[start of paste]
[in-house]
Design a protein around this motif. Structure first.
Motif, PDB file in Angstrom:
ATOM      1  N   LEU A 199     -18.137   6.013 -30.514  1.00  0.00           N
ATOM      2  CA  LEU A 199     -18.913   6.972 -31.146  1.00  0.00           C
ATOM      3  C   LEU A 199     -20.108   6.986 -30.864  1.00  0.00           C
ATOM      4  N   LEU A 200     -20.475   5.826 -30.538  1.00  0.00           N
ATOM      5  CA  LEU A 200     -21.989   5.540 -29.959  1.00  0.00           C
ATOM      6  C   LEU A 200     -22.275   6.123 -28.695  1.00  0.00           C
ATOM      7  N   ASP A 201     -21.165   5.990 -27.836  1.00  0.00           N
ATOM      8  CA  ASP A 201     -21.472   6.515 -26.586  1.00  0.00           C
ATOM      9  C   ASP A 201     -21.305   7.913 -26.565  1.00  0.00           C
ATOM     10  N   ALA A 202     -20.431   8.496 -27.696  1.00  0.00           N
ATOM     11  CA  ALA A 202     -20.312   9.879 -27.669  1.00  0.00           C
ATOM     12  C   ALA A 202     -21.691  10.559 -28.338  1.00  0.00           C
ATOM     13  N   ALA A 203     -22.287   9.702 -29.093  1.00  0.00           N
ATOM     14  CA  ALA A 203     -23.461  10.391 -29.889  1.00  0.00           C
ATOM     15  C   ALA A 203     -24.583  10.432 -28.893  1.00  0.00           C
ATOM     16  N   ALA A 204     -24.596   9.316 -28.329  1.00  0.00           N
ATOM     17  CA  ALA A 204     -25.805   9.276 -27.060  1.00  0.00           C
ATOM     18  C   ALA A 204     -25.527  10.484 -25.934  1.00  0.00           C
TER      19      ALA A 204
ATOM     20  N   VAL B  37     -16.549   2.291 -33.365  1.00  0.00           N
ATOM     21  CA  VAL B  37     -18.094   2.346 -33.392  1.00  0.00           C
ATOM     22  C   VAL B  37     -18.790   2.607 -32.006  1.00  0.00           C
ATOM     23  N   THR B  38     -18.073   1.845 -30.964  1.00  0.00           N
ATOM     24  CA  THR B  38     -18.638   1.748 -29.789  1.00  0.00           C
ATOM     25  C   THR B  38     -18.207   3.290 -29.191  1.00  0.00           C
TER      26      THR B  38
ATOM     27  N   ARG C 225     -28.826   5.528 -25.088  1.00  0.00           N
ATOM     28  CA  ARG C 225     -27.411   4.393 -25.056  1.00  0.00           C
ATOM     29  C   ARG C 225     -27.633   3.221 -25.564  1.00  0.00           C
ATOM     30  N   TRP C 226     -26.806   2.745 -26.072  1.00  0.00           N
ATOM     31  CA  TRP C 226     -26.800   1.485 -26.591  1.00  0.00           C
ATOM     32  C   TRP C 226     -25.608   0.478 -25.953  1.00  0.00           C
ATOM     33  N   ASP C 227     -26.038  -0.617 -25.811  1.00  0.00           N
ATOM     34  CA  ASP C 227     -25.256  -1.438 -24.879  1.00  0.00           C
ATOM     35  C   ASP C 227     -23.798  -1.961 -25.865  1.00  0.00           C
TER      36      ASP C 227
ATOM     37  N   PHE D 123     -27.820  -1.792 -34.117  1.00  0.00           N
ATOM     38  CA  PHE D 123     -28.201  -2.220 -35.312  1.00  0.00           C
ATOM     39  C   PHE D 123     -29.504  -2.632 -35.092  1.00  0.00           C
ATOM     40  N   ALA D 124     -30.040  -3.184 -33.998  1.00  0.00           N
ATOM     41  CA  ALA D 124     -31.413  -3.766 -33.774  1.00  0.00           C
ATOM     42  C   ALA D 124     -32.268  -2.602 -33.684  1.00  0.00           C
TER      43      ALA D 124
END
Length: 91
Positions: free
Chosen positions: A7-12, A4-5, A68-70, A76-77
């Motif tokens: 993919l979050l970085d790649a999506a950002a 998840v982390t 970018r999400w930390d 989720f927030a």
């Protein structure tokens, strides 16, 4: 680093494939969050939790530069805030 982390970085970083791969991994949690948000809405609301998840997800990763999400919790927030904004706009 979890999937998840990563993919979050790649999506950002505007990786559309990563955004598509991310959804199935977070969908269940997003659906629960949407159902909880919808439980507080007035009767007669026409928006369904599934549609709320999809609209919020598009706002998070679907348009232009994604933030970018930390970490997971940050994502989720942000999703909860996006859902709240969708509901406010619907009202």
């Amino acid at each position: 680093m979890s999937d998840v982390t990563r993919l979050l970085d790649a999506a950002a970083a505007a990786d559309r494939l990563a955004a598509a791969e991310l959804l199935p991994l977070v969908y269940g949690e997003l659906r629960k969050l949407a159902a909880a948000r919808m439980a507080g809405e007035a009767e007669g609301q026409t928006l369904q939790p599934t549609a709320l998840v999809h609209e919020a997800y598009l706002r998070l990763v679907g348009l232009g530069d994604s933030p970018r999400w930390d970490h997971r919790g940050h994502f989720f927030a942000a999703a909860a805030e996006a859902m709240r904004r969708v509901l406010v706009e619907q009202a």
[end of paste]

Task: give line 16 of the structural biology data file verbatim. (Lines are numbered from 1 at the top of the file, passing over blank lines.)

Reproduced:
ATOM     13  N   ALA A 203     -22.287   9.702 -29.093  1.00  0.00           N